These scenarios exemplify the importance of the architects’ sensitivity to how their clients will use a particular space as well as its intended result. And in the situation where we are in now, we can just imagine if hospitals were not well-designed, we will not be able to ensure proper treatment of patients. That is the dynamism of proxemics.
A call to action
Architecture as a social tool to put order in our society cannot be denied. Civic leaders can attest that properly-designed and well-planned neighborhoods create stronger communities. In addition, architecture based on the efficient study of proxemics will establish private and public spaces with a good sense of balance and spaces that are easy to move around.
I would like first to call the attention of architecture students. I challenge you to take your
studies seriously as you will be playing an important role in the shaping the social fabric of this nation. This will allow you to help build a good society in the near future. If you take your studies earnestly, you will most likely cultivate better work ethics which shall serve you well as future nation builders.
To fellow architects, in these trying times, one can clearly see how architects influence the progress of the nation. Our buildings are silent witnesses of the significant events that happen every day. As these edifices represent our noble profession, let us continue to do our civic duty to design structures and spaces that will speak best of this country as they become the platform of our nation’s progress.
To our national government, we are partners in nation building. Involve us in designing our nation every step of the way. Winston Churchill once said “We shape our buildings, thereafter they shape us.” Architects always use this quote to emphasize the importance of architecture in a nation’s progress. Utilize our expertise in providing the country the built environment that all of us deserve.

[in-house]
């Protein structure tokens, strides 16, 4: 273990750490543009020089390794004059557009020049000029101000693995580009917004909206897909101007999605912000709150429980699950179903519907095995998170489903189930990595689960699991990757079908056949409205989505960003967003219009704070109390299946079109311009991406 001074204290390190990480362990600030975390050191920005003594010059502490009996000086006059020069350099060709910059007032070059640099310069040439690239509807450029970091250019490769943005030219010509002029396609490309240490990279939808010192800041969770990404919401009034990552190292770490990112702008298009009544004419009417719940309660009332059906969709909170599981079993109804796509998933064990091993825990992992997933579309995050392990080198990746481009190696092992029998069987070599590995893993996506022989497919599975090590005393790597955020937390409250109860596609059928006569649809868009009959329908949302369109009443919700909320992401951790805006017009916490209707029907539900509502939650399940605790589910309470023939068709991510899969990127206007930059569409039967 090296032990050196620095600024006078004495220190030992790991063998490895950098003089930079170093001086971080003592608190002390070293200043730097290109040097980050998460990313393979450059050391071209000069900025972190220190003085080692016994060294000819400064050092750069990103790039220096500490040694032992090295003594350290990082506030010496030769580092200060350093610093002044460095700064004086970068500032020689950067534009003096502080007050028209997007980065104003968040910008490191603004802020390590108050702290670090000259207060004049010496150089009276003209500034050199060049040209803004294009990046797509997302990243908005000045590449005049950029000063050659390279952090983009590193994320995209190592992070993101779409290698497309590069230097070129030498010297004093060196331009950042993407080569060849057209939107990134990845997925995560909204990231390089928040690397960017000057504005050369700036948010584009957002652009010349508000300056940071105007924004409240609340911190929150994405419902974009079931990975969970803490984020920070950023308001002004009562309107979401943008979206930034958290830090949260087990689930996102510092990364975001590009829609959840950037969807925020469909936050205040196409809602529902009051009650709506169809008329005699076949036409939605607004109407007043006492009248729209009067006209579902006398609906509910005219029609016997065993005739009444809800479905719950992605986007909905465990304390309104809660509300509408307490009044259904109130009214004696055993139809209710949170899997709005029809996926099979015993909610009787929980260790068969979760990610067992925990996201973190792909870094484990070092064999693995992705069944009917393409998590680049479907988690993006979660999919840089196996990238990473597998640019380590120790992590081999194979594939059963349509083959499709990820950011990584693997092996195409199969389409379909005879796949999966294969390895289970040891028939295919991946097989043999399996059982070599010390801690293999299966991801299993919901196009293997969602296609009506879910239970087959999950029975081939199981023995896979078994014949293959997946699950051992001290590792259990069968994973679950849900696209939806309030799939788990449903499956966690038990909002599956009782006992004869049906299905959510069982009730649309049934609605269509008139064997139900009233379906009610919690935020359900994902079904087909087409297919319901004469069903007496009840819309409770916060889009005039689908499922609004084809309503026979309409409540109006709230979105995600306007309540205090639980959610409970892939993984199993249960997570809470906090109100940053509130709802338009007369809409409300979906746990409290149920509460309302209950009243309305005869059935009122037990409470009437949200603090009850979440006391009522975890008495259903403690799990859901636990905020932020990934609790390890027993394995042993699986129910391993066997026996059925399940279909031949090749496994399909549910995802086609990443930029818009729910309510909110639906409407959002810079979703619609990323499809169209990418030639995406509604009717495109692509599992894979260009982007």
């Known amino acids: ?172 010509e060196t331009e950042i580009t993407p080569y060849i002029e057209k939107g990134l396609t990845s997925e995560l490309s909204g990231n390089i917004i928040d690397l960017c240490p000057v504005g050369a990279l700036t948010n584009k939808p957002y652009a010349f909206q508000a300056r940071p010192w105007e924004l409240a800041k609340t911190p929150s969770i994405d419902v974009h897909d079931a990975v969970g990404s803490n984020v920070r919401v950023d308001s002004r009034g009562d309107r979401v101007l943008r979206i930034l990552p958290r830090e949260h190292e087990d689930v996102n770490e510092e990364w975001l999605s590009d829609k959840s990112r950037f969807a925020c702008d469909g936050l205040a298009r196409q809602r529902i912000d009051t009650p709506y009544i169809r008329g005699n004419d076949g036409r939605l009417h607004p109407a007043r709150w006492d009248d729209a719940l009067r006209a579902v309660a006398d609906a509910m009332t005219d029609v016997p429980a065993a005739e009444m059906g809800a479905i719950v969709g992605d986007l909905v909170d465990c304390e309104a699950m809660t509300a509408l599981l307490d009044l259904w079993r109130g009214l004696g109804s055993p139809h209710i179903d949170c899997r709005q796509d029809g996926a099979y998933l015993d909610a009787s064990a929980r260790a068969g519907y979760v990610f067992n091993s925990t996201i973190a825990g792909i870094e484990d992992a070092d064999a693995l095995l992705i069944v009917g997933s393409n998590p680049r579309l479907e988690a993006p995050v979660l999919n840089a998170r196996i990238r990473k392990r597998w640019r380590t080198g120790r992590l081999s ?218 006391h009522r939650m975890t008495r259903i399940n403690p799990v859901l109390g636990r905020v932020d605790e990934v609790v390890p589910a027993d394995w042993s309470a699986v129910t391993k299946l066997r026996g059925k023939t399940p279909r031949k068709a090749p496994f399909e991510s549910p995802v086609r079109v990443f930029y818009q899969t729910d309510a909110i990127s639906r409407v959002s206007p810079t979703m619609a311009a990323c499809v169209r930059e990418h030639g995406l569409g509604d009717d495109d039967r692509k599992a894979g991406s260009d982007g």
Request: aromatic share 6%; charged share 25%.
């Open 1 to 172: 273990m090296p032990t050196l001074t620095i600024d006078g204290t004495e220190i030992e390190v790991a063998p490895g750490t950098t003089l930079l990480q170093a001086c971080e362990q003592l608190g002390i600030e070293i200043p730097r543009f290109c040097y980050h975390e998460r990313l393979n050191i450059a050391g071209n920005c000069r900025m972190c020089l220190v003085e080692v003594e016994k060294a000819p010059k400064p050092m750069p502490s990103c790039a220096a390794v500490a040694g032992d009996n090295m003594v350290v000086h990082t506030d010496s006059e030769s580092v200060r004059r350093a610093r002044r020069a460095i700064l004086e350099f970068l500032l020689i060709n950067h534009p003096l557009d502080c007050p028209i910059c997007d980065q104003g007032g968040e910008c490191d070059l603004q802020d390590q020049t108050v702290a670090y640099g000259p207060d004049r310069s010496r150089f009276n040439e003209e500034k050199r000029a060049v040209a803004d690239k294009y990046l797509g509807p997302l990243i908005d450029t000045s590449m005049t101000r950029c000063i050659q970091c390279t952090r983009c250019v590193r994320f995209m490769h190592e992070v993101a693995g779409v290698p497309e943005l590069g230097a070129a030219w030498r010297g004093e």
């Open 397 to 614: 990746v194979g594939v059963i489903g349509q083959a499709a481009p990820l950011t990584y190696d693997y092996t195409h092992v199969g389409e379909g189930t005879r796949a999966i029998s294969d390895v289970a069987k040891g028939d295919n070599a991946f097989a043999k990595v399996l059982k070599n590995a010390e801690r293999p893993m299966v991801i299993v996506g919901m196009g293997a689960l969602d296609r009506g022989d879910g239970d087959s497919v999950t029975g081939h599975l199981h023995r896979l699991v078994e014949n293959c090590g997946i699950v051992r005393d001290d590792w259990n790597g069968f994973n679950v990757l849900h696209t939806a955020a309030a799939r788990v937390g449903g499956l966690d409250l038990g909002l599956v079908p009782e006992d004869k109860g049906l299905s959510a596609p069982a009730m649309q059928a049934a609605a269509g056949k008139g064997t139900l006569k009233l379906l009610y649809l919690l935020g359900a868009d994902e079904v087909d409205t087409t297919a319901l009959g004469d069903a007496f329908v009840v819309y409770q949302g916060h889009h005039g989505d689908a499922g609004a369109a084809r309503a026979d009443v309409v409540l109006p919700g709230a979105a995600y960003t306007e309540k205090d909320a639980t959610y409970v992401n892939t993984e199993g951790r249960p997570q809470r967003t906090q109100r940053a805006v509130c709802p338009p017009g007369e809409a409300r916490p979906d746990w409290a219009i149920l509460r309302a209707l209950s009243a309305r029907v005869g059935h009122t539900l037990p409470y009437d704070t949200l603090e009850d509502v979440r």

One concrete way we architects can partner with the government is to allow us to take a lead role in the local government unit’s planning office that design the locale’s medium-term development plans. Our expertise surely will be used to its utmost potential as we are the qualified to handle these matters by virtue of Republic Act 9266 or the “Architecture Law.” Help us strengthen it through the enhancements that we are pushing for at the legislative branch of the government to better serve our countrymen.
To the general public, as we experience the enhanced community quarantine, let us follow the orders of the government to stay at home and observe social distancing. We encourage you to respect the distance between you and the next person, whether a family member, a relative, an acquaintance or even a stranger. By respecting the social space between you and the other person, you are doing this country a favor of not adding to the rise Covid-19 cases. Let this be our civic duty. “As God has not made anything useless in this world, as all beings fulfill obligations or a role in the sublime drama of Creation, I cannot exempt from this duty, and small though it be, I too have a mission to fill, as for example: alleviating the sufferings of my fellowmen,” Jose Rizal once said.
This too shall pass; we shall overcome this!
The writer is the current executive director of the Commission on Education of the United Architects of the Philippines. He is active both as an educator and a private practitioner in the field of architecture and environmental planning. He is a graduate of the University of Santo Tomas (Bachelor of Science in Architecture), UP Diliman (Master in Architecture in Urban Design) and Central Luzon State University (Doctorate in Development Education).
Registration starts at March 12, 2018, Monday, 1:00 p.m.